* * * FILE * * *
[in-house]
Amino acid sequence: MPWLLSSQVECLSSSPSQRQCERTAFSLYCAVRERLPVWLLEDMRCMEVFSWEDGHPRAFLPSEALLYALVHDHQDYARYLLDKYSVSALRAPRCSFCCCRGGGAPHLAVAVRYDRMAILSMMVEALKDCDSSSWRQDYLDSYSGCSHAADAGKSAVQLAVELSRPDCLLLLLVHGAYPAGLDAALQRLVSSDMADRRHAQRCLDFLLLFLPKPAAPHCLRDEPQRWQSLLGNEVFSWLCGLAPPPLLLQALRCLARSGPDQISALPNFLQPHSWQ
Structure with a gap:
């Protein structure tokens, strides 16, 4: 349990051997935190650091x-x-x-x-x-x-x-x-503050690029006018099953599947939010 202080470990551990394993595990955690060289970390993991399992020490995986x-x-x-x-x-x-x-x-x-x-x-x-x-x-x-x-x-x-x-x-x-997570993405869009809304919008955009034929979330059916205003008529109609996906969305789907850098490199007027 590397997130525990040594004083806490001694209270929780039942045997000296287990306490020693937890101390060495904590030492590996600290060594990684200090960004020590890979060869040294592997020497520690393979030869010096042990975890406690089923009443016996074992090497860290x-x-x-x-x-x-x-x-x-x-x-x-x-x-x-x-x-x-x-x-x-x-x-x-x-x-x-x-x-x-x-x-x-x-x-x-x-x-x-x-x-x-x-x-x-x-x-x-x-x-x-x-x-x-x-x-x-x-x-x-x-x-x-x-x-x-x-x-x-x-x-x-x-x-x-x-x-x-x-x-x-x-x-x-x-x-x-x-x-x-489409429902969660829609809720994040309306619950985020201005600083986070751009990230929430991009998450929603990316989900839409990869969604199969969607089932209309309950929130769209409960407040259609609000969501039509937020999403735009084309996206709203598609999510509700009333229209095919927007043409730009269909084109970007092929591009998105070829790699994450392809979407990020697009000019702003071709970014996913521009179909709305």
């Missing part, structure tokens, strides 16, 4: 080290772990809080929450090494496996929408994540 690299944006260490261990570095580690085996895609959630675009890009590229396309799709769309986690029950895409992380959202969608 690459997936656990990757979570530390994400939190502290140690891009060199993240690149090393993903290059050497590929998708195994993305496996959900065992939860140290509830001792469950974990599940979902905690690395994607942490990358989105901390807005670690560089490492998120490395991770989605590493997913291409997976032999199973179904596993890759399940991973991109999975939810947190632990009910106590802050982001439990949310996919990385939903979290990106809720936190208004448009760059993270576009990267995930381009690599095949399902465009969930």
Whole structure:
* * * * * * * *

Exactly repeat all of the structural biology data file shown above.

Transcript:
[in-house]
Amino acid sequence: MPWLLSSQVECLSSSPSQRQCERTAFSLYCAVRERLPVWLLEDMRCMEVFSWEDGHPRAFLPSEALLYALVHDHQDYARYLLDKYSVSALRAPRCSFCCCRGGGAPHLAVAVRYDRMAILSMMVEALKDCDSSSWRQDYLDSYSGCSHAADAGKSAVQLAVELSRPDCLLLLLVHGAYPAGLDAALQRLVSSDMADRRHAQRCLDFLLLFLPKPAAPHCLRDEPQRWQSLLGNEVFSWLCGLAPPPLLLQALRCLARSGPDQISALPNFLQPHSWQ
Structure with a gap:
């Protein structure tokens, strides 16, 4: 349990051997935190650091x-x-x-x-x-x-x-x-503050690029006018099953599947939010 202080470990551990394993595990955690060289970390993991399992020490995986x-x-x-x-x-x-x-x-x-x-x-x-x-x-x-x-x-x-x-x-x-997570993405869009809304919008955009034929979330059916205003008529109609996906969305789907850098490199007027 590397997130525990040594004083806490001694209270929780039942045997000296287990306490020693937890101390060495904590030492590996600290060594990684200090960004020590890979060869040294592997020497520690393979030869010096042990975890406690089923009443016996074992090497860290x-x-x-x-x-x-x-x-x-x-x-x-x-x-x-x-x-x-x-x-x-x-x-x-x-x-x-x-x-x-x-x-x-x-x-x-x-x-x-x-x-x-x-x-x-x-x-x-x-x-x-x-x-x-x-x-x-x-x-x-x-x-x-x-x-x-x-x-x-x-x-x-x-x-x-x-x-x-x-x-x-x-x-x-x-x-x-x-x-x-489409429902969660829609809720994040309306619950985020201005600083986070751009990230929430991009998450929603990316989900839409990869969604199969969607089932209309309950929130769209409960407040259609609000969501039509937020999403735009084309996206709203598609999510509700009333229209095919927007043409730009269909084109970007092929591009998105070829790699994450392809979407990020697009000019702003071709970014996913521009179909709305």
């Missing part, structure tokens, strides 16, 4: 080290772990809080929450090494496996929408994540 690299944006260490261990570095580690085996895609959630675009890009590229396309799709769309986690029950895409992380959202969608 690459997936656990990757979570530390994400939190502290140690891009060199993240690149090393993903290059050497590929998708195994993305496996959900065992939860140290509830001792469950974990599940979902905690690395994607942490990358989105901390807005670690560089490492998120490395991770989605590493997913291409997976032999199973179904596993890759399940991973991109999975939810947190632990009910106590802050982001439990949310996919990385939903979290990106809720936190208004448009760059993270576009990267995930381009690599095949399902465009969930």
Whole structure: